One In Four Account-Based Marketing Programs Are Built On Quicksand
Forrester’s Survey Data Reveals Difficult Truths About Many Account-Based Marketing (ABM) Programs
Every two years, Forrester conducts a State Of ABM Survey. In 2022, 155 marketing professionals in B2B organizations across North America, Europe, and Asia Pacific provided us with a detailed look at their ABM programs. The rich data set that resulted provided insights on the ABM deployment type (or types) in motion; the top goals for the ABM program; headcount; what technologies and resources teams have access to; and the current and desired future state of convergence between the ABM and demand programs.
Forrester analysts looked for trends in this survey data. My colleagues segmented the respondents into groups based on common attributes and found that 26% were only loosely practicing ABM, if at all. We labeled the ABM programs that these individuals were managing “non-ABM initiatives.”
There are many reasons why ABM programs don’t align with best practices. First and foremost, they require a significant investment of time, resources, and effort. The results can be well worth that investment, but ABM isn’t the right fit for every organization.
How To Recognize A Troubled ABM Initiative
Non-ABM initiatives generally start with a knowledge gap. The sponsor (if one exists) fails to invest in the training needed to gain a deep understanding of best practices, and this contributes to an inability to build a sound strategy.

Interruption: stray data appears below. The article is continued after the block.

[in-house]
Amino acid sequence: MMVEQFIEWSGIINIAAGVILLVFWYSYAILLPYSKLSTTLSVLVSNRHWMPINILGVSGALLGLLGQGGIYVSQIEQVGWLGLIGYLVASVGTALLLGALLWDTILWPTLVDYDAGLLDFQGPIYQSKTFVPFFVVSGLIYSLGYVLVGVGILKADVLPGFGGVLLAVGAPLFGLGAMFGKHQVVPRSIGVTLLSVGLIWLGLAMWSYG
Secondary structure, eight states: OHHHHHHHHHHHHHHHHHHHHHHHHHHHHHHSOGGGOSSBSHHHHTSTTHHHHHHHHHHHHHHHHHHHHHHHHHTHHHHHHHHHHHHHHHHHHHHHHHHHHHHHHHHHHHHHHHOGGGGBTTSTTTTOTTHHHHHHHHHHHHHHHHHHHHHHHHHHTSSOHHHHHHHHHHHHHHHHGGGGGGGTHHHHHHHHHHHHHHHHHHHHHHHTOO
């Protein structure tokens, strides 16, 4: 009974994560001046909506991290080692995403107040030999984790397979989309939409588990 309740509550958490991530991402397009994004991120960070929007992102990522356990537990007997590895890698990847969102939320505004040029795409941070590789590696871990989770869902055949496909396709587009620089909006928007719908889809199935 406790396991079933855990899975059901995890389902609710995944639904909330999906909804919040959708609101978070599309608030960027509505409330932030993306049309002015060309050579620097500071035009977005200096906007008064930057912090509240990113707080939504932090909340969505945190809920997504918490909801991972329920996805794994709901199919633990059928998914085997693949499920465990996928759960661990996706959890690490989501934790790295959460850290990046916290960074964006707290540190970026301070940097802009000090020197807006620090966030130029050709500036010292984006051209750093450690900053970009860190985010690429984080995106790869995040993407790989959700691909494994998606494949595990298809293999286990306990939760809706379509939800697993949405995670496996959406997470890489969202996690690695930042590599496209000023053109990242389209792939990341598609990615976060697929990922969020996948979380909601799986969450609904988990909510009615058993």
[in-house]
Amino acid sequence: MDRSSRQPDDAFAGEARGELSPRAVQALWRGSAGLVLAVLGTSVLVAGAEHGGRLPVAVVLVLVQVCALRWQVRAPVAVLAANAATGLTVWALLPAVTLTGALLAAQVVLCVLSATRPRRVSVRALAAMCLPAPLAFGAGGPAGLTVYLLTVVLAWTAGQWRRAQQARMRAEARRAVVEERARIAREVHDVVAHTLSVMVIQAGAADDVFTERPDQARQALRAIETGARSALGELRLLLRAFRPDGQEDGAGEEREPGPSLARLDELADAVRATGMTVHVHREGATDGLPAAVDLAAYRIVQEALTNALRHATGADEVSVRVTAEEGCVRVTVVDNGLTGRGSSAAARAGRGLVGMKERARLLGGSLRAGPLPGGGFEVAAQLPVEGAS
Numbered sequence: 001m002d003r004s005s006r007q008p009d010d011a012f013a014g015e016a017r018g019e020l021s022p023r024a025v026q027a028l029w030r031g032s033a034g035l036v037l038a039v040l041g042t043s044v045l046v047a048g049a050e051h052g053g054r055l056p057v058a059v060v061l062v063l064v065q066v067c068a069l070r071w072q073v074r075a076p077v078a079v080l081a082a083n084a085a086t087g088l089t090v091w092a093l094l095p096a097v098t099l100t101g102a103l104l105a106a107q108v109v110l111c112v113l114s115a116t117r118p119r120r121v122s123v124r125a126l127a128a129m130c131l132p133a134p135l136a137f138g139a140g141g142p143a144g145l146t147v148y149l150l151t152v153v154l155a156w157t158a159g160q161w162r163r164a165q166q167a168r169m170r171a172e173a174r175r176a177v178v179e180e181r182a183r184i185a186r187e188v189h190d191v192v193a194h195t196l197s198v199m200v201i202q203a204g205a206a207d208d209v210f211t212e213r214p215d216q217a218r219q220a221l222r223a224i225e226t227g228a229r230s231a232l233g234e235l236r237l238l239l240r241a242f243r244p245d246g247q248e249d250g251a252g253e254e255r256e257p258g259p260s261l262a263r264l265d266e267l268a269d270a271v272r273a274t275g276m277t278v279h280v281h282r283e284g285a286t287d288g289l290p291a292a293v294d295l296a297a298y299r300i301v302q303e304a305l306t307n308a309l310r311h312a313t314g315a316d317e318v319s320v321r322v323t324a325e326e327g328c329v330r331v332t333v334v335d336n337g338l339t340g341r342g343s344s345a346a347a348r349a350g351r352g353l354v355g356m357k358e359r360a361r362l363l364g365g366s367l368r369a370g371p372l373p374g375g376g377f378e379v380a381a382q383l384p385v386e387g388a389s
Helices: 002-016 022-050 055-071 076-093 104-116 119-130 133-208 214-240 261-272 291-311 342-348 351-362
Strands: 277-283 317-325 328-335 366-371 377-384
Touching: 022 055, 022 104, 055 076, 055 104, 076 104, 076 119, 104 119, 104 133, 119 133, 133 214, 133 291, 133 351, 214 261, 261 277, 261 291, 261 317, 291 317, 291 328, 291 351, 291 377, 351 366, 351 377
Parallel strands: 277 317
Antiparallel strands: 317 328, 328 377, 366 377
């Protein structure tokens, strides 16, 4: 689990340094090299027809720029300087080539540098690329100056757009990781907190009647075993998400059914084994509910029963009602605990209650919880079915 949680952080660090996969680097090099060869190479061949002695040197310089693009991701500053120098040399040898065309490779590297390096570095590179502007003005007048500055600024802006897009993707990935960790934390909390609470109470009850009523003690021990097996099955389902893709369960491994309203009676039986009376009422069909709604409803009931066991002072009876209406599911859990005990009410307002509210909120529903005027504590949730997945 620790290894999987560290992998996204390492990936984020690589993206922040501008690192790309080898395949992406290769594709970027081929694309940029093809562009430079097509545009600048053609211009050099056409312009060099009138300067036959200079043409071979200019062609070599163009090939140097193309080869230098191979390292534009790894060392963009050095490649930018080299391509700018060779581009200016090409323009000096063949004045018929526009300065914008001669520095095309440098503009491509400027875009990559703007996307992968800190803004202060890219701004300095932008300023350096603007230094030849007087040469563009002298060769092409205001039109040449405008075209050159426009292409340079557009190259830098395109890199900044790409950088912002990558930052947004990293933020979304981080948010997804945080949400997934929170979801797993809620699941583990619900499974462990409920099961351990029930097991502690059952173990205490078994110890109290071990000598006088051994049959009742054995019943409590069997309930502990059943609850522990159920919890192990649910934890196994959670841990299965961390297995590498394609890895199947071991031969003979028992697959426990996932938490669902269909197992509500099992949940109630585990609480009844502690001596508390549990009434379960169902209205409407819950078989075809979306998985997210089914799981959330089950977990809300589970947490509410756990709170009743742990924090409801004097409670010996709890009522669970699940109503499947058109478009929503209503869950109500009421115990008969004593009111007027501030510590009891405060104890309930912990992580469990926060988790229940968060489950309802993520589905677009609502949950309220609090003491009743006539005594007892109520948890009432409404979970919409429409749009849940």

Non-ABM initiatives are typically challenged by a limited budget and resources, insufficient access to data and insights, low and/or improper uses of technology, siloed teams, and an inability to support multiple channels in campaigns. They attempt to cover an unrealistically high number of accounts, despite not having the budget, human resources, or technology to do so, and to top it all off, they fail to identify and invest in best-fit accounts.
Because these “ABM programs” are built on a rocky foundation, they have a hard time getting executive sponsorship, buy-in from sales, and more budget. Teams then cut corners and skip best practices in the fight for survival. This becomes a vicious cycle.
To make up for deficiencies, these groups tend to use the little budget that they can uncover to buy technology and/or bring in an agency, hoping to find a silver bullet to plug critical gaps. More often than not, these programs implode, damaging the reputation of the individuals involved and ABM as a discipline.
Avoid An ABM Catastrophe By Committing To Best Practices
These non-ABM initiatives sound less than ideal, don’t they? There are plenty of steps you can take to do ABM right, such as:
- Assess your readiness for ABM before getting started.
- Ensure that your ABM strategy is in place before making technology purchase decisions.
- Use the ABM implementation roadmap to plot your route.
- Secure executive sponsorship from sales and marketing leadership.
There Is Hope: There Are Multiple Paths to Build ABM Programs On Solid Ground
So if 26% of the survey respondents appeared to be practicing ABM in name only, what about the remaining 74%? These respondents had varying degrees of maturity in their programs, but those programs were all recognizable as ABM. Many could be considered best in class.
Interested in learning more? Attend my session, How Most ABM Programs Run Today & How You Can Do It Better, at B2BMX in Scottsdale, Arizona, on Tuesday, February 28. I’ll cover the different ways that ABM is being practiced today and offer recommendations on how to tighten up your ABM efforts. Hope to see you there.